Monday, December 18, 2006

Consider Flickr - A Powerful Tool for Images

Flickr, possibly the best online photo management and sharing application in the world, is a great Web 2.0 tool for photos and digital images. I started using it about a month ago, and I am completely hooked. My personal photo collection on Flickr has over a thousand photos. The beauty of this tool is that it allows you to do more than upload photos to the web for storage and viewing. The organizational power of Flickr is impressive. You can arrange your photos into named sets and connect any appropriate photos to user groups within Flickr. The groups can be your own creation, or you can join existing groups.

But, the true power of Flickr comes from the ability to "tag" photos. A tag (sometimes known to Web folks as a meta-tag) is a descriptive word that identifies a photo. For example, a photo of the exterior of Erlanger's Baroness Campus could be tagged as "erlanger," "chattanooga" "hospital," "healthcare", "hamiltoncounty," and "trauma." Within Flickr, a search by these words will take you to the photo.

Flickr also is a social network. Through the groups feature, or by specifically inviting participants to join as a Flickr contact, you will see their photos as well as them seeing yours. You send each potential contact an email with a link to Flickr. If they are not interested, they can safely ignore the invitation.

Flickr also is very smart in terms of digital image rights and privacy. Any image can be identified as "public," that is, anyone can see it, or as "private," with only friends and family allowed. Further, the intellectual property rights of your photos can be completely controlled through legal restrictions and permissions set up through Creative Commons. If you want people to use your photos, but only with attribution, that is one option.

Recently, Flickr expanded its free service to allow users to upload up to 100 MB per month. That is a lot of images. Paid subscription users have no limits on how many pictures they upload and no space limit either - this for $25 per year.

For Flickr details, go to:

I set up at Flickr site for the UT College of Medicine Chattanooga at Erlanger, if you want to view the photo collection, go to:

Tuesday, December 12, 2006 is Just That is a powerful tool. It is a social bookmarking website that lets one store bookmarks online and thus access the same bookmarks from any computer. With, you use tags to manage bookmarks (sometime called favorites).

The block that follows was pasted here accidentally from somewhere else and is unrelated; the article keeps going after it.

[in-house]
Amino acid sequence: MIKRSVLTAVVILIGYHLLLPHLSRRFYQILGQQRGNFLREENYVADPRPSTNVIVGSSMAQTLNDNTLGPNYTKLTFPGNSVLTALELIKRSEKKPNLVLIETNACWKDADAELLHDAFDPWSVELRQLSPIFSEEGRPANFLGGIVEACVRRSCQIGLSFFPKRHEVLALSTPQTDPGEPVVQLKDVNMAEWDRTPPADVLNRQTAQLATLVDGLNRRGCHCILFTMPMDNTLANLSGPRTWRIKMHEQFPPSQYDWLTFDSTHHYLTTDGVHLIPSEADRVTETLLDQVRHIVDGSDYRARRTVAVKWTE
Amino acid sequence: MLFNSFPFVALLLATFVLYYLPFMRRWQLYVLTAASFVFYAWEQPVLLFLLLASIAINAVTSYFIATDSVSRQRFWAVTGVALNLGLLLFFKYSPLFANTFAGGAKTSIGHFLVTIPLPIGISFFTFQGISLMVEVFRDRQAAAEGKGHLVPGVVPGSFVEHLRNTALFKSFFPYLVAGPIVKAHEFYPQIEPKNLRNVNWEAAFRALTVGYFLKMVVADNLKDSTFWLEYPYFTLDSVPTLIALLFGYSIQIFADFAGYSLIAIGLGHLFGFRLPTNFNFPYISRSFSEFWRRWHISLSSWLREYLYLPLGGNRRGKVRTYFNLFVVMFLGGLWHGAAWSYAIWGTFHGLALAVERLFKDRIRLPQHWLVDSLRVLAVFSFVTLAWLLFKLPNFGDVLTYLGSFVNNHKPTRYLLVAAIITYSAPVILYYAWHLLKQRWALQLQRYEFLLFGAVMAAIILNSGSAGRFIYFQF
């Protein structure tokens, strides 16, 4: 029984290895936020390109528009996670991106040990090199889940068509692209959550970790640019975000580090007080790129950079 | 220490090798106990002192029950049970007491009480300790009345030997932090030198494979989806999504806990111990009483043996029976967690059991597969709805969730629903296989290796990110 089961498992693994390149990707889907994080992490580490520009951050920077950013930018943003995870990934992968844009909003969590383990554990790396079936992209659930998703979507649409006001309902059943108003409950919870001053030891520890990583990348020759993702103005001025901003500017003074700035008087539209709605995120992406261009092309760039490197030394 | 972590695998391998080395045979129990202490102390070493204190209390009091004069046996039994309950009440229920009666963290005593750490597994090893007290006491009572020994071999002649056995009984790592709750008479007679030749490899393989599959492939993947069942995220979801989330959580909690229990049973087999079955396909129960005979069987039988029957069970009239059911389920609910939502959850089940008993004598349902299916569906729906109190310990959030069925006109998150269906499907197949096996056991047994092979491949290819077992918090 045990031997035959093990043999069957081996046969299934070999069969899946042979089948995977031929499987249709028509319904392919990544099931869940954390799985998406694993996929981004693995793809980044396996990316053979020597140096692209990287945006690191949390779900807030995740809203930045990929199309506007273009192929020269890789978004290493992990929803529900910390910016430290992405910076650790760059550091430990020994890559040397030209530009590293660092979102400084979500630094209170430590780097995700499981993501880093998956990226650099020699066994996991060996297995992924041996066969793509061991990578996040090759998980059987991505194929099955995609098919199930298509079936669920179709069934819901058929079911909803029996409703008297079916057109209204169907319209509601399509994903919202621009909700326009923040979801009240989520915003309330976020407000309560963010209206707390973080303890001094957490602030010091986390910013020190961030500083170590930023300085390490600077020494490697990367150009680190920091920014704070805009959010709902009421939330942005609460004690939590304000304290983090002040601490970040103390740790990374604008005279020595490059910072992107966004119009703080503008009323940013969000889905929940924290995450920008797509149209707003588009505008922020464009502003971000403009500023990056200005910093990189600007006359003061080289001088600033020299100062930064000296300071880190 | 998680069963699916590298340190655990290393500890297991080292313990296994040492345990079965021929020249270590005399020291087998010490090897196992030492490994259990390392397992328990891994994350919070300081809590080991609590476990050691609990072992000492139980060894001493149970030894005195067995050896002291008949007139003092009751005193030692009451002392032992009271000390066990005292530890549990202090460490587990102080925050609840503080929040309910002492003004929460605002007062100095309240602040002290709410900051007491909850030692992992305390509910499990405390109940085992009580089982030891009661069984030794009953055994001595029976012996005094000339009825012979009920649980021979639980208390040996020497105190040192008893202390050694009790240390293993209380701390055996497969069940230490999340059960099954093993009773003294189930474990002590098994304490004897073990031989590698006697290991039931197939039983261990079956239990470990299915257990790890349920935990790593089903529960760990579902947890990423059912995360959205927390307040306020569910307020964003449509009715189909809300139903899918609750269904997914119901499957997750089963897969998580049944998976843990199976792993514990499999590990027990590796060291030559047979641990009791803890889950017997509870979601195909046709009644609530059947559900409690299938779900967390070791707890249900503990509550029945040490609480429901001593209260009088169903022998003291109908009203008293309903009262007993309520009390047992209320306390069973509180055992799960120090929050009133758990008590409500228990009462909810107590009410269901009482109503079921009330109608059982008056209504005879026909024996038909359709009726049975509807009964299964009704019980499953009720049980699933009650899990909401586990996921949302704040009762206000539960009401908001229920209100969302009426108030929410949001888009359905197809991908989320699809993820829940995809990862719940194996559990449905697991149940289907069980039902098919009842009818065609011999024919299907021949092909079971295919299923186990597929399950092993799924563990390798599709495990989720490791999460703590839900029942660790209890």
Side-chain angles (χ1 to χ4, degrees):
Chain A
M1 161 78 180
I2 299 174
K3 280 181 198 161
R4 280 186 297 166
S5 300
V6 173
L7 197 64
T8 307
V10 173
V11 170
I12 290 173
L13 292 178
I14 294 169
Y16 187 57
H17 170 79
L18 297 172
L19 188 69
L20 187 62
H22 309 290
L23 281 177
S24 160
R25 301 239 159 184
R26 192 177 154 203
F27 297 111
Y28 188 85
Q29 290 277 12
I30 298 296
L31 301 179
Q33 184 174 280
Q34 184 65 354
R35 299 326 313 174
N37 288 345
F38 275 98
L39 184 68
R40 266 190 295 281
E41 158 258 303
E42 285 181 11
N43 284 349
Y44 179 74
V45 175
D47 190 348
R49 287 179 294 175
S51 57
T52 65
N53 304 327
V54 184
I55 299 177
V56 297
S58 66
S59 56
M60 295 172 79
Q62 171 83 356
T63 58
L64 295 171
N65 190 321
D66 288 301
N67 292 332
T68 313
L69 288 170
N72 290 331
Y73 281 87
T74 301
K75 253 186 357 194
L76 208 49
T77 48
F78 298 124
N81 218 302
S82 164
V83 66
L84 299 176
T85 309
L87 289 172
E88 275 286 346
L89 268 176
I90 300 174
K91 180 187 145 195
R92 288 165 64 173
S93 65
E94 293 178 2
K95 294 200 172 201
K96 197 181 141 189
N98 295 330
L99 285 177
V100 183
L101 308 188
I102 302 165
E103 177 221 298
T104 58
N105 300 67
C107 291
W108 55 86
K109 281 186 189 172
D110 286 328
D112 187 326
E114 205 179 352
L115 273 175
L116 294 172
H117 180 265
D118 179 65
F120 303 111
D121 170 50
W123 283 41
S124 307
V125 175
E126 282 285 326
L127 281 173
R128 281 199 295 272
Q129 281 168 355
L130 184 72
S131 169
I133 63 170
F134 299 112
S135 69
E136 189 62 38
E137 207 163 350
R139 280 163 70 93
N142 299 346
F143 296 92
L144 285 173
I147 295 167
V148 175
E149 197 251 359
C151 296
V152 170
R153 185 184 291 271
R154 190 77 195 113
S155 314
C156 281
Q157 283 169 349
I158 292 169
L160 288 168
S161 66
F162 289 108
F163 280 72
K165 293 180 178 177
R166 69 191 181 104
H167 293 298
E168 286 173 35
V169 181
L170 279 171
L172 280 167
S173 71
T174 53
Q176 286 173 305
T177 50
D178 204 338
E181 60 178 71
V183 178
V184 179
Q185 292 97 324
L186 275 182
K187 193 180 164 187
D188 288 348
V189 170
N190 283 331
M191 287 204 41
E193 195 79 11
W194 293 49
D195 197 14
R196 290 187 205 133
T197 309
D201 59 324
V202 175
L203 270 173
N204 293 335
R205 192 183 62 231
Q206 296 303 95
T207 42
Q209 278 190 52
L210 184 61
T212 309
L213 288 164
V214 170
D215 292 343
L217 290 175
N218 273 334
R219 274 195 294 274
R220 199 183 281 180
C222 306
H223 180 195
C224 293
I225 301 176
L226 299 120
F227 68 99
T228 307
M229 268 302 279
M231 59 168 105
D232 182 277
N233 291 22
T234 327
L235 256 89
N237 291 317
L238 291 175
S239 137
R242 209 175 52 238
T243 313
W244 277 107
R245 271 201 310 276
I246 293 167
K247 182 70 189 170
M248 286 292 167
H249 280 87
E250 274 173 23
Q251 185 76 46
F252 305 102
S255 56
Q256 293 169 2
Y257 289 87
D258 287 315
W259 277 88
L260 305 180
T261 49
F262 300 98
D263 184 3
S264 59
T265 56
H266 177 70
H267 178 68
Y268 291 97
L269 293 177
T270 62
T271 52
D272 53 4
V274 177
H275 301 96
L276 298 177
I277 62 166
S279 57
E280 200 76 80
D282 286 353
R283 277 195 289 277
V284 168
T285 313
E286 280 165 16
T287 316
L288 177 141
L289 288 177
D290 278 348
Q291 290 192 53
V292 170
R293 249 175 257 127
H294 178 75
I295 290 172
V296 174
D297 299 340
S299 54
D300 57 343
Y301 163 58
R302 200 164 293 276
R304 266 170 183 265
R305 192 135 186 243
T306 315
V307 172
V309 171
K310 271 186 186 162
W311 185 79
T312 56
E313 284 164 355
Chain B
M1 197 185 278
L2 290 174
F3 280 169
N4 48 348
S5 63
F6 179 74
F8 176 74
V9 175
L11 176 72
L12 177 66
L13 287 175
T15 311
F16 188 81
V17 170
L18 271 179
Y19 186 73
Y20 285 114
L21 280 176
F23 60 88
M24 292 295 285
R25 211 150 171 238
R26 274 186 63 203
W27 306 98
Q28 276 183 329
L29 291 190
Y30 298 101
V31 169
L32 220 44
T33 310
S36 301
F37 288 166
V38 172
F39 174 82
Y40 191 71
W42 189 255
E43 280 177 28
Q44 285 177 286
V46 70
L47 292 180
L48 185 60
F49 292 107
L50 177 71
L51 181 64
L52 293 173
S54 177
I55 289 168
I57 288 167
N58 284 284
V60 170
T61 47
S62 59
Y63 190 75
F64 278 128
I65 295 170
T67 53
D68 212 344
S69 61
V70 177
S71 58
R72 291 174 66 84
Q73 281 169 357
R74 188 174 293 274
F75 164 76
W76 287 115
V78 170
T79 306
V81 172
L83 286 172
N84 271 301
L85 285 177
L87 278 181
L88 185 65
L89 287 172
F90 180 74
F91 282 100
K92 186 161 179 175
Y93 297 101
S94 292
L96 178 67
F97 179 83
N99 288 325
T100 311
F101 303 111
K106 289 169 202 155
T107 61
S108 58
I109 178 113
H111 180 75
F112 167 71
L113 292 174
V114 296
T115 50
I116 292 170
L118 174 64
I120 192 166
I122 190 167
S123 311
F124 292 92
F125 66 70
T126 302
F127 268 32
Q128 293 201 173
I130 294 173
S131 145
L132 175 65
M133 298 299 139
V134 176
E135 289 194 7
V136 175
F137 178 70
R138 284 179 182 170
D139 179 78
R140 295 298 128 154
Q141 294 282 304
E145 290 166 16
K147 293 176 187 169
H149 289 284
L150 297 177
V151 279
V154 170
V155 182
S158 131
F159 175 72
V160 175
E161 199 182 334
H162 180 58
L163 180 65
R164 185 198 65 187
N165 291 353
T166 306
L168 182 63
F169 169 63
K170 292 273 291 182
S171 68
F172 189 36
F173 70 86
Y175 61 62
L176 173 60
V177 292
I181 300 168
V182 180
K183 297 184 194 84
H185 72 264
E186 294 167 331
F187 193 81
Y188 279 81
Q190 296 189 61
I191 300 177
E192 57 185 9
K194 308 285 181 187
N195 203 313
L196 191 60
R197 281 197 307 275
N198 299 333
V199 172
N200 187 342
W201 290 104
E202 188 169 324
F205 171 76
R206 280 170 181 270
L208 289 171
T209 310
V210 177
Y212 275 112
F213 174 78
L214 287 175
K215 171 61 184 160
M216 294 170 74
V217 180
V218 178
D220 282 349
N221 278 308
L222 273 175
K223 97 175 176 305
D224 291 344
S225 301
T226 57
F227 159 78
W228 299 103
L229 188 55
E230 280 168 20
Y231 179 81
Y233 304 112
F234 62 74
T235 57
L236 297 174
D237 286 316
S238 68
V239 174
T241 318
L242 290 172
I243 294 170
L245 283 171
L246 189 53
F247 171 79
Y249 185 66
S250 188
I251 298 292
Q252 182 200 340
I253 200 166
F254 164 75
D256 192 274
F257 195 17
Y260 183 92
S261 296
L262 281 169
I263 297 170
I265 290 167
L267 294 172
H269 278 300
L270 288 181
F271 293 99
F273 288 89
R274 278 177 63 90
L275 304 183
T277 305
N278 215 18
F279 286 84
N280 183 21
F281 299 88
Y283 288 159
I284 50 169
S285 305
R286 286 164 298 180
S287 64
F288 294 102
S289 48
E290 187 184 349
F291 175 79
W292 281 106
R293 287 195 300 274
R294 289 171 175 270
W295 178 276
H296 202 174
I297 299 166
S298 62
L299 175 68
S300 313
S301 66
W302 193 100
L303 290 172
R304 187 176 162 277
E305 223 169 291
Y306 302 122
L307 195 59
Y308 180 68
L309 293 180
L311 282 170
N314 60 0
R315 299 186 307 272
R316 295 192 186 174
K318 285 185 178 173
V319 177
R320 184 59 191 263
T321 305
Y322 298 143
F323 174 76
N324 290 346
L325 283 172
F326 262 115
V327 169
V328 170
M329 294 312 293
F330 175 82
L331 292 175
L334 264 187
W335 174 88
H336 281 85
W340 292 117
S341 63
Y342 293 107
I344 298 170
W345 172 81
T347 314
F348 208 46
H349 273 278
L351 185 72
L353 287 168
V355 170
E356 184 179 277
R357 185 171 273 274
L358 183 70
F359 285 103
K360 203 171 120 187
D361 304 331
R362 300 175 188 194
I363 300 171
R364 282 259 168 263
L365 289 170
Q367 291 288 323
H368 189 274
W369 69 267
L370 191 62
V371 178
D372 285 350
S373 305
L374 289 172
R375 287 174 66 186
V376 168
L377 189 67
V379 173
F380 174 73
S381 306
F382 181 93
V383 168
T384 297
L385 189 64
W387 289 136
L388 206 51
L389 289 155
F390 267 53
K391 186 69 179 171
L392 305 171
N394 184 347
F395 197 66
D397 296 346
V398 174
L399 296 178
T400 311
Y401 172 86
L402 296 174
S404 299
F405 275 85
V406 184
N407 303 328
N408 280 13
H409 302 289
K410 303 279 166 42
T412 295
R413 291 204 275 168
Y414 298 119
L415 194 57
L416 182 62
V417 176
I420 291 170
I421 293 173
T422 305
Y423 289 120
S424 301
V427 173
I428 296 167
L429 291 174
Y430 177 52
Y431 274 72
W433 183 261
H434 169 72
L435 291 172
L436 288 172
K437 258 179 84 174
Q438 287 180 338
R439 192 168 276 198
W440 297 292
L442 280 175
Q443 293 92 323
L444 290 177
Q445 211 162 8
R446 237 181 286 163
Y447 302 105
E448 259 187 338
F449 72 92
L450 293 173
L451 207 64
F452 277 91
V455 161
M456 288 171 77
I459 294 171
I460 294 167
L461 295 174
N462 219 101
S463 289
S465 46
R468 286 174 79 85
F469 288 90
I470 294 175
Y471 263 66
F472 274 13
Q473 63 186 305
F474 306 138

The main features include the ability to:
  • Store links to favorite websites and add tags to make them searchable and easy to arrange in groups.
  • Share favorites with friends, family, coworkers, and the community of users.
  • Explore new things. Everything on is someone's favorite -- they've already done the work of finding it. So is full of bookmarks about technology, entertainment, useful information, and more. Explore and enjoy.
Once again, this is a Web 2.0 application that uses "tags" to help keep things organized. When you see that "cloud" of your tags, the tag terms that have the greatest frequency appear in larger type. A simple click on any tag shows all of your bookmarks that you have tagged with that term. You can also see all the other bookmarks from all users.

Another interesting feature is the "Tagometer" that lets visitors can click on a "widget" that keeps up with on who bookmarked your Web page, when they did it, and how they tagged it.
I think that groups who are evaluating Web sites or otherwise sharing information about Web sites will really benefit from the network functions in as well.

Wednesday, December 6, 2006


This Blog is an attempt to bring current information about using technology to further the educational goals of the University of Tennessee College of Medicine and Erlanger Health System.

The launch of the Blog will be December 7, 2006. Larry Miller, Director of Continuing Medical Education for UTCOM/Erlanger, will make a presentation on Web 2.0 at 8:15 AM in the Probasco Auditorium (Ground floor of the Erlanger Medical Mall).

A Web-enabled version of this talk will be available soon, so check back for details.

If you are interested in contributing to this Blog, contact Larry Miller at or call 423-778-3821.